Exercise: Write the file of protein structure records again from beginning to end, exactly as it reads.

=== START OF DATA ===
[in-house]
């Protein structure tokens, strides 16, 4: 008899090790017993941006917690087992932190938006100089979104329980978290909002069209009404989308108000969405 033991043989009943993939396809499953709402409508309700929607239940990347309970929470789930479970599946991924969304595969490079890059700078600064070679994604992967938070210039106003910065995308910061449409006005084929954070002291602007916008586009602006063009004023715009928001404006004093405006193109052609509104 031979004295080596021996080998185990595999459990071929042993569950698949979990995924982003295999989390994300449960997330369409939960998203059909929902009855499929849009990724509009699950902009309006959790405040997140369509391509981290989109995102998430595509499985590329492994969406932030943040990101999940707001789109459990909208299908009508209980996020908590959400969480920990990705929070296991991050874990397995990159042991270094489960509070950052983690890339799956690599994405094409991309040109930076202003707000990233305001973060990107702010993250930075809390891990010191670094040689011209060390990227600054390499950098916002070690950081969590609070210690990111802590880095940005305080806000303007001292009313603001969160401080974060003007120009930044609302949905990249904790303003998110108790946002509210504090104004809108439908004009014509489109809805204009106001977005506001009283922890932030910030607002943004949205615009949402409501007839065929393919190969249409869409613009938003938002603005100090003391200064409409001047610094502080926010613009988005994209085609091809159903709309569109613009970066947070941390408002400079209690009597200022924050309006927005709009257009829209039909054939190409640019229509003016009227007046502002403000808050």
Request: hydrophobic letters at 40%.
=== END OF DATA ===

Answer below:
[in-house]
């Protein structure tokens, strides 16, 4: 008899090790017993941006917690087992932190938006100089979104329980978290909002069209009404989308108000969405 033991043989009943993939396809499953709402409508309700929607239940990347309970929470789930479970599946991924969304595969490079890059700078600064070679994604992967938070210039106003910065995308910061449409006005084929954070002291602007916008586009602006063009004023715009928001404006004093405006193109052609509104 031979004295080596021996080998185990595999459990071929042993569950698949979990995924982003295999989390994300449960997330369409939960998203059909929902009855499929849009990724509009699950902009309006959790405040997140369509391509981290989109995102998430595509499985590329492994969406932030943040990101999940707001789109459990909208299908009508209980996020908590959400969480920990990705929070296991991050874990397995990159042991270094489960509070950052983690890339799956690599994405094409991309040109930076202003707000990233305001973060990107702010993250930075809390891990010191670094040689011209060390990227600054390499950098916002070690950081969590609070210690990111802590880095940005305080806000303007001292009313603001969160401080974060003007120009930044609302949905990249904790303003998110108790946002509210504090104004809108439908004009014509489109809805204009106001977005506001009283922890932030910030607002943004949205615009949402409501007839065929393919190969249409869409613009938003938002603005100090003391200064409409001047610094502080926010613009988005994209085609091809159903709309569109613009970066947070941390408002400079209690009597200022924050309006927005709009257009829209039909054939190409640019229509003016009227007046502002403000808050």
Request: hydrophobic letters at 40%.